More Than Just A Clichéd Holiday

Valentine’s Day, while painted as an excuse to buy endless amounts of candies and flowers, has an intriguing history dating back thousands of years.


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Valentine’s Day started with religious origins but has become a commercialized holiday.

Anna Parsons, Staff Writer

Valentine’s Day, to many, is perceived to be a day exclusively for celebrating the love shared between couples and for single people to enviously await a partner. The holiday that generates fortunes for chocolate companies makes February a month either anticipated or despised, depending on a person’s romantic status. 

However, the seemingly clichéd holiday is based on a history deeper than what many believe. While the approach of February 14th does drastically improve their sales, candy companies did not create Valentine’s Day. Instead, the festival of love has rich origins and thousands of years of history that have made it what it is today. 

270 A.D. is presumed to have been the first year with a Valentine’s Day, as it marks the death of St. Valentine, whom the holiday is named after. The multiple legends and people that are the supposed St. Valentine truly represent the pure meaning behind Valentine’s Day. 

As a Catholic priest in Rome, St. Valentine decided that Emperor Claudius’s II law that stated that young men could no longer marry, as it was a distraction from their work as soldiers, was unjust. In response, St. Valentine performed secretive marriages for young soldiers and their soon-to-be wives. Unfortunately, his hidden practices were discovered by the emperor, and St. Valentine was convicted, leading to his execution. 

Numerous theories exist regarding St. Valentine. Another legend tells a different story but still represents the perseverance of love. St. Valentine was jailed because he helped the Christians escape Roman prisons, and he supposedly fell in love with a woman who visited him regularly. It is believed that the woman was St. Valentine’s jailer’s daughter. Before his time of death in the jail, a letter was written to the woman with the closing, From your Valentine, which historians believe to be the origin of the traditional love note sign-off.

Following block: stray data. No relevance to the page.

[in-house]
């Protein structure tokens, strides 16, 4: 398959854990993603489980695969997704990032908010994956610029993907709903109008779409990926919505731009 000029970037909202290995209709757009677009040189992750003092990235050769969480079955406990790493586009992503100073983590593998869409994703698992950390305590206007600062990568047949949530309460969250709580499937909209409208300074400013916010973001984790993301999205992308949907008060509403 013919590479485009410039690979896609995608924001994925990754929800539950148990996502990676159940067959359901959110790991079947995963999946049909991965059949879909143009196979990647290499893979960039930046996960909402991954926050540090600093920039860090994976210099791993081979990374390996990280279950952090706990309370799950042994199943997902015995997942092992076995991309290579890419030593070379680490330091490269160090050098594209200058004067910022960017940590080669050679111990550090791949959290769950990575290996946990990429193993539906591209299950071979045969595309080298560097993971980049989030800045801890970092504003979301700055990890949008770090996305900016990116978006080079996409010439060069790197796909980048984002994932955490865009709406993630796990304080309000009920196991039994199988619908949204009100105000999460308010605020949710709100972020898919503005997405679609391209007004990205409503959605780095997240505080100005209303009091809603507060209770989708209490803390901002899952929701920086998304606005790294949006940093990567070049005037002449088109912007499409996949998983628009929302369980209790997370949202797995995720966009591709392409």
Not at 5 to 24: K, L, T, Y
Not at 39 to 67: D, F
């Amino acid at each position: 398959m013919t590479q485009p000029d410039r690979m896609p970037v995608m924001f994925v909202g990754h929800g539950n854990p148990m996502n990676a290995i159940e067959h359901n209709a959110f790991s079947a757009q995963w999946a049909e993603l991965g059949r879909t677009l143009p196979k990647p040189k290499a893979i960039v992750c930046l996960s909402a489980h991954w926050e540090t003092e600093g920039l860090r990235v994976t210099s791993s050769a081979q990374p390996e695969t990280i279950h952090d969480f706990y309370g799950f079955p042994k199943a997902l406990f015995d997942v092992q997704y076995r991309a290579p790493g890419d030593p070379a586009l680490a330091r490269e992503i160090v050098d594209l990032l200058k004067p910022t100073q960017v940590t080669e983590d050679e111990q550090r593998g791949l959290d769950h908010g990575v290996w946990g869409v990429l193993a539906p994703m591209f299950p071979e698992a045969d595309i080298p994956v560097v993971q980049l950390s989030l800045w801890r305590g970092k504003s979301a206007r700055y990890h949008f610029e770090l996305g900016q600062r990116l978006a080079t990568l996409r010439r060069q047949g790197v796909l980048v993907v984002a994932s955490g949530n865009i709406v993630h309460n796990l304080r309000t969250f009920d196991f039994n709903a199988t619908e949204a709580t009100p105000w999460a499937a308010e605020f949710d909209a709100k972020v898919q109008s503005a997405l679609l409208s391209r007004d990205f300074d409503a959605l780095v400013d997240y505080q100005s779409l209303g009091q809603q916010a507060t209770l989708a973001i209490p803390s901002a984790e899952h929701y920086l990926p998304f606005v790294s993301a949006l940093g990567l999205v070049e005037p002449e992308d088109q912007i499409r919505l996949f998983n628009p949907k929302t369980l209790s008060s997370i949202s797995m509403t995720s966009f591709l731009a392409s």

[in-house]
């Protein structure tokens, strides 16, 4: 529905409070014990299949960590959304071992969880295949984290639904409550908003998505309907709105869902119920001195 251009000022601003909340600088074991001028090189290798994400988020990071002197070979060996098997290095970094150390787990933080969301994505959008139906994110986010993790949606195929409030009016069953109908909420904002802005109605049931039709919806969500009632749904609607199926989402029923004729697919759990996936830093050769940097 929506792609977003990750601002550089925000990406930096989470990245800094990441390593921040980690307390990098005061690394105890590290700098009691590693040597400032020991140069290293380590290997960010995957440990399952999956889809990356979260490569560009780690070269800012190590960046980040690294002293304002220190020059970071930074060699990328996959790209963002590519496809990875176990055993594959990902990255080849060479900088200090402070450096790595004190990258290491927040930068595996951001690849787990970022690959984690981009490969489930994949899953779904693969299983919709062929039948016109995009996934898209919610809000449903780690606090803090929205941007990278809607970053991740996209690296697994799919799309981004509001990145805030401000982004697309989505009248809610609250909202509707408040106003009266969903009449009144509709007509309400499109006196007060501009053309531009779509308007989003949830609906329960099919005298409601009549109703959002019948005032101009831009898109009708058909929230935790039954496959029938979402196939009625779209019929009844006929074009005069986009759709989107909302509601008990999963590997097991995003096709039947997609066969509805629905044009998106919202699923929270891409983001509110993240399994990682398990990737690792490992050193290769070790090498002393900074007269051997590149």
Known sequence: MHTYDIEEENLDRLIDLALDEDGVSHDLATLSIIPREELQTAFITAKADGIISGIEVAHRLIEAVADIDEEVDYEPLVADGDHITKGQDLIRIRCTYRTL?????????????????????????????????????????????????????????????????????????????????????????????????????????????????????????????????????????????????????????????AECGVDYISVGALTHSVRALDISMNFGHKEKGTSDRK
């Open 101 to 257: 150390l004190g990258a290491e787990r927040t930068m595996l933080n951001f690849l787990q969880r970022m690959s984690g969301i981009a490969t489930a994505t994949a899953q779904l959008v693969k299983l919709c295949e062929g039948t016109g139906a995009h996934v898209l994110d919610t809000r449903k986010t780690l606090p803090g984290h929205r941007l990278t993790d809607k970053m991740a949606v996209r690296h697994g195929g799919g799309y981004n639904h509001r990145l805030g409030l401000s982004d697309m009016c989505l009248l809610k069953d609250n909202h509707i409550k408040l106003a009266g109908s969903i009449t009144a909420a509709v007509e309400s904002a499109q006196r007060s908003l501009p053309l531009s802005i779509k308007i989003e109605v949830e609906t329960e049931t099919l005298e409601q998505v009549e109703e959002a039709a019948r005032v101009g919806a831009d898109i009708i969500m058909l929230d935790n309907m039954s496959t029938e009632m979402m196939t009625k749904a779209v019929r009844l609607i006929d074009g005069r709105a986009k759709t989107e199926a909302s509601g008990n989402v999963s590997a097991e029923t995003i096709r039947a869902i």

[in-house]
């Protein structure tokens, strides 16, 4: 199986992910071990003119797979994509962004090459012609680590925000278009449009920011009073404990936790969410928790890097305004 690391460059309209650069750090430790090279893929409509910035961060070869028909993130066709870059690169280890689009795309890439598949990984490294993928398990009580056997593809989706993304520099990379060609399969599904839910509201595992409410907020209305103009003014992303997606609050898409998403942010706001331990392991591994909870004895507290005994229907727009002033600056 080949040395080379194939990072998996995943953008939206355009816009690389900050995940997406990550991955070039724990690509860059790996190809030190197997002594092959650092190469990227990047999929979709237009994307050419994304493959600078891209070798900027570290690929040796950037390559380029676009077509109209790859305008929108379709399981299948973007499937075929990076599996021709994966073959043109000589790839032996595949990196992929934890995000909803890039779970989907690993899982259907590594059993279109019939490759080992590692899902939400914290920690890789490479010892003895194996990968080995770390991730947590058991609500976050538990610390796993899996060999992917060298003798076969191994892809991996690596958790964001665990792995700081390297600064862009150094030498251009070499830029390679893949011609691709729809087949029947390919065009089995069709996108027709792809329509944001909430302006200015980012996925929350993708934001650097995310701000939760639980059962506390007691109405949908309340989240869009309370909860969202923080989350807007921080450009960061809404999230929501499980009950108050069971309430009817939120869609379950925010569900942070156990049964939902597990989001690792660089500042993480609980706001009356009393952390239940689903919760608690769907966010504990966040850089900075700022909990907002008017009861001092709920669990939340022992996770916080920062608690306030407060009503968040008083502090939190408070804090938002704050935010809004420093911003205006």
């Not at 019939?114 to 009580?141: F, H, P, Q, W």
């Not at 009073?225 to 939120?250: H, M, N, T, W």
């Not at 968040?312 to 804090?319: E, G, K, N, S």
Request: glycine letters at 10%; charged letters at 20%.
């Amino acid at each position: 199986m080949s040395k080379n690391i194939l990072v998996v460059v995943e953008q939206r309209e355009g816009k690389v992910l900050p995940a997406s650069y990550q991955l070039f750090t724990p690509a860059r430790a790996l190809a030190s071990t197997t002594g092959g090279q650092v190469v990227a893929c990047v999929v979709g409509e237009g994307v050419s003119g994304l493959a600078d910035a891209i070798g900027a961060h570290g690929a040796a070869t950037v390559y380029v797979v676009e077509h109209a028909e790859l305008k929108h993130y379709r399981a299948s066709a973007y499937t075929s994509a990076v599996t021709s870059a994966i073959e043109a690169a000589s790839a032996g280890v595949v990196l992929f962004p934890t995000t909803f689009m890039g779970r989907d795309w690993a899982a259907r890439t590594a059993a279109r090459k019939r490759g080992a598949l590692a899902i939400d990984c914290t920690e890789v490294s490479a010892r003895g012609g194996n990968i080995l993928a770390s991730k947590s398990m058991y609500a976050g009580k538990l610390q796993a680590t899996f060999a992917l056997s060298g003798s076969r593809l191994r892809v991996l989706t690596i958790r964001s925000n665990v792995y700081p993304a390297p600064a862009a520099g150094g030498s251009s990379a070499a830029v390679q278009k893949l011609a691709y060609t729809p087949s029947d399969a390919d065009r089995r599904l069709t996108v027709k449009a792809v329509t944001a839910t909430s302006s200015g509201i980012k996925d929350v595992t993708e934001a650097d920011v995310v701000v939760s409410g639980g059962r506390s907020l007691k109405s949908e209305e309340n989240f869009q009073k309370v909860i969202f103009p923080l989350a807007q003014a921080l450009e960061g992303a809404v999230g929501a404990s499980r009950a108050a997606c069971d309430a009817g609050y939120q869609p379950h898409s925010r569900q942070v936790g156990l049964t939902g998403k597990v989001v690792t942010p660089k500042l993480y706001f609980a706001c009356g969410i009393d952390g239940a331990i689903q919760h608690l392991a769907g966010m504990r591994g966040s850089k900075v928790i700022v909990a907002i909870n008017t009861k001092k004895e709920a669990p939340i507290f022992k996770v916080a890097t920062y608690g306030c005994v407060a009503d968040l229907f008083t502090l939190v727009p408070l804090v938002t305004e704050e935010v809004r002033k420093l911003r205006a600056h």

Even though very little is known about the validity of St. Valentine’s legacy, his stories demonstrate what many would consider the true spirit of Valentine’s Day: The endurance of love and how it drives people to do whatever it takes to hold onto it are illustrated perfectly in his tales. 


The date February 14th also has its own little history. In the ancient Roman calendar, a holiday quite similar to the current Valentine’s Day was already honored in the middle of February. This holiday was called Lupercalia. It recognized fertility and the pairing of couples through a man picking a woman’s name out of a jar. However, this holiday was much more gruesome, as it included animal sacrifices and the striking of women to gain fertility. 

On a brighter note, though, ancient Greece memorialized the wedding of the god Zeus and the goddess Hera halfway through winter around the same time as modern Valentine’s Day.

Due to these two ancient celebrations, as well as the anniversary of St. Valentine’s death, Valentine’s Day was officially on February 14th. 

As the centuries went on, February 14th’s speciality evolved into what most people today know Valentine’s Day to be: the overdone, lovey-dovey holiday that most single individuals loathe.

It is sometimes mentioned as the “Hallmark Holiday,” and for good reason. The annual amount of money spent for the holiday is over $18.2 billion, which includes the jewelry, candy, flowers, and whatever else one decides to buy for their loved one.

So, when did the martyred St. Valentine’s holiday turn into a day for writing mini love letters to others and for spending hundreds of dollars on endless candies? Well, in 1849, the first American valentine was published by Esther Howland of Worcester, Massachusetts. Then, the Hallmark Company published their first Valentine’s Day cards in 1913 and began mass-producing them in 1916.

The tradition of candy buying started in 1861 with the creation of the decorated heart-shaped boxes filled with chocolate. Richard Cadbury would adorn the boxes with hand-drawn pictures of his family and scenes of the mountainous Alpine landscape. It upped his sales and obviously grew in popularity over the years. 

Soon after, in 1866, Daniel Chase invented a food-dye letter pressing machine that his brother, Oliver Chase, would make popular. The Sweethearts Candy Hearts emerged from this innovation, and to this day, are the best-selling Valentine’s Day treat. Lastly, Hershey Kisses started being mass produced in 1907. The candies are usually wrapped in red foil to commemorate the ideals of Valentine’s Day. 

Valentine’s Day has thousands of years of interesting and compelling history that most celebrators don’t necessarily know about. Usually distinguished as a useless holiday only utilized for large corporations to gain even more money, Valentine’s Day has a great more to offer. Since it has become a celebration that only focuses on people in relationships, many have shunned the holiday. 

Nevertheless, its rich story could become a turning point in its quest to acquire a greater acceptance from society. Looking into the mysterious origination of the holiday instead of relying solely on the commercialized modern version can lead to a new perspective regarding Valentine’s Day and all it has to offer.